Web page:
Thomas Cahill has written a series of books he calls the “Hinges of History.” I loved the first, How the Irish Saved Civilization. I wasn’t as fond of The Gifts of the Jews – more liberal outlook on the OT than I’m comfortable with. His third is Desire of the Everlasting Hills, which is about the life of Jesus. I haven’t read that one. This summer I finished Sailing the Wine Dark Sea: Why the Greeks Matter. I linked it to Augustine and moral decline because, whether it is a fair picture or not, Cahill paints the ancient Greeks as a bawdy, promiscuous culture. I’m not speaking of nude statues, but the crude poetry he highlights, including men seducing young boys. While much of the high art was a celebration of the human form (specifically male, women were almost always clothed as virginity and chastity were highly honored for women), private art had its share of lewdness. And, perhaps as Augustine laid it out, Cahill denotes the degradation of art as correlating with the fall of Athens from prominence.

But there’s more to this book worth noting – and some of it very good. Cahill talks about Greek warriors and how their style of warfare are honored by influential military strategists and historians of our day. He shares how stories like the Odyssey were hundreds of years ahead of their time in identifying the emotions of one drawn to their home – something possibly dismissed at its time. Ancient Greeks identify the petulant Achilles as more a hero than the honorable Odysseus. He also talks about governance. He opens each chapter with a description of pertinent literature, highlighting key texts. Since I recently read the Oresteia, which he refers to in the book, I’ll save political comments for the post on the Oresteia.

When I think of Ancient Greece, I can’t help but think of philosophers above all else. Cahill surveys Greek philosophy in 50 pages. It is a nice, brief survey that spends a bulk of the time, after a brief discussion on pre-Socratic philosophy, on Socrates and Plato before moving on to Aristotle and some others. Cahill talks about the groundbreaking thinking, but also notes the arrogance, assuming Plato would be, either explicitly or hypothetically, be dismissive of democracy and women adding any value to society. For all the lofty thoughts, there are some pragmatic issues that mar their intellectual heroics.

After reading Sailing the Wine Dark Sea, it made its way to my give away/sell back stack in my office. I’ve now moved it back to my Bible Backgrounds section on my bookshelf. Do I recommend it? Not heartily. There are better books, but it isn’t a total loss, either. Quite a help, aren’t I?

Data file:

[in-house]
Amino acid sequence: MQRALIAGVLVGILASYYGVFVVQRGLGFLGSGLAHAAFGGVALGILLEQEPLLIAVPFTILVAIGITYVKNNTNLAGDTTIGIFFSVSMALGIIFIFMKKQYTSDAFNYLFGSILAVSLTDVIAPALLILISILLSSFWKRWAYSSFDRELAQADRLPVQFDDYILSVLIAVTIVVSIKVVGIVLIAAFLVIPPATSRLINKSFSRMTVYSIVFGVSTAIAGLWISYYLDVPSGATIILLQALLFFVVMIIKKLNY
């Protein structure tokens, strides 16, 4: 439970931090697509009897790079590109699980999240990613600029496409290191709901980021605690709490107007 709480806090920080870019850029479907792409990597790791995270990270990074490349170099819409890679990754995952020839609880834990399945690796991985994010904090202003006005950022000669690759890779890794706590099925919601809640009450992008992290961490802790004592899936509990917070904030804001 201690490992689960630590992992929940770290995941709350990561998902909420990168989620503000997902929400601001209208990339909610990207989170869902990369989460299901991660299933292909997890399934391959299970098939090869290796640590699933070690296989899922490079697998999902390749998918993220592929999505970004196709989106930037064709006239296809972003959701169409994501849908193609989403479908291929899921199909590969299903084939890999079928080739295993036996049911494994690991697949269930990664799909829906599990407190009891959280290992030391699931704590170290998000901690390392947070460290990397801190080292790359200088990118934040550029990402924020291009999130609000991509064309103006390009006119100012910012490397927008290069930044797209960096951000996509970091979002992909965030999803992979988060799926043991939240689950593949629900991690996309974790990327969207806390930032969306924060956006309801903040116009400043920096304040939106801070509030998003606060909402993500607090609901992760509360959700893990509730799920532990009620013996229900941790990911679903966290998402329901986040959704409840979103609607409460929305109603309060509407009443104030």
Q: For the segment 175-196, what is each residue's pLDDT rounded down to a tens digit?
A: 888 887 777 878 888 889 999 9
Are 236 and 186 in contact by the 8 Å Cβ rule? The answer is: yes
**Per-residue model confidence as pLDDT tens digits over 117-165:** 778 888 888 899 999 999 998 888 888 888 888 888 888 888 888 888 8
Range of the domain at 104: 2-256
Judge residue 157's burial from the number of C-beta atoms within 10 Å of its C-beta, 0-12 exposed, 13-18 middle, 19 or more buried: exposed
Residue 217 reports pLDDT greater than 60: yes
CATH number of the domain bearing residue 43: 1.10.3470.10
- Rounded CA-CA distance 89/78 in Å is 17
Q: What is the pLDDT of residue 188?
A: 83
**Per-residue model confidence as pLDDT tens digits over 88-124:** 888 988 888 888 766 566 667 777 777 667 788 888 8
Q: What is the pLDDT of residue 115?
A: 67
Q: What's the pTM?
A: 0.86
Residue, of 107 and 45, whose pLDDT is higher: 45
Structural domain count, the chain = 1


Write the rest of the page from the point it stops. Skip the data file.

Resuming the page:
Thursday, November 26, 2009

Happy Thanksgiving!

Be sure to give thanks for the many blessings in your life today.

Enjoy Psalm 111

Praise the LORD!
I will give thanks to the LORD with my whole heart, in the company of the upright, in the congregation.
2 Great are the works of the LORD, studied by all who delight in them.
3 Full of splendor and majesty is his work, and his righteousness endures forever.
4 He has caused his wondrous works to be remembered; the LORD is gracious and merciful.
5 He provides food for those who fear him; he remembers his covenant forever.
6 He has shown his people the power of his works, in giving them the inheritance
of the nations.
7 The works of his hands are faithful and just; all his precepts are trustworthy;
8 they are established forever and ever, to be performed with faithfulness and uprightness.
9 He sent redemption to his people; he has commanded his covenant forever. Holy and awesome is his name!
10 The fear of the LORD is the beginning of wisdom; all those who practice it have a good understanding. His praise endures forever!

Wednesday, November 25, 2009

Abigail Adams

Let’s see if I can get this blogging thing rolling again. Forgive the false promises form my last mini-spurt of posts. No promises this time, but I’ll give it another try. OK, to the content.

I love this quote:

“When men know not what do, they ought not to do, they know not what.”

Just started watching John Adams, the HBO mini-series, that my brother-in-law loaned me a few months ago. I don’t know if this is a real quote of Abigail Adams, but, if I understand it correctly, it’s fantastic. My translation: “If you’re too dumb to know what to do, you’re too dumb to know what can't be done, too. And you just may do the impossible.”

I don’t know if this happens to others, but I often feel paralyzed when I’m not sure what to do in a given situation. Sometimes there’s wisdom to waiting, to be sure. But sometimes not knowing what to do doesn’t bind you to boiler plate solutions. Perhaps the lack of pre-established answers (not knowing what to do) opens the door to new possibilities that nobody has ever imagined.

Not knowing, all of a sudden, seems like something to be envied rather than feared. What new horizons might God be opening up in your life. Might it be the very area where you don’t know what to do?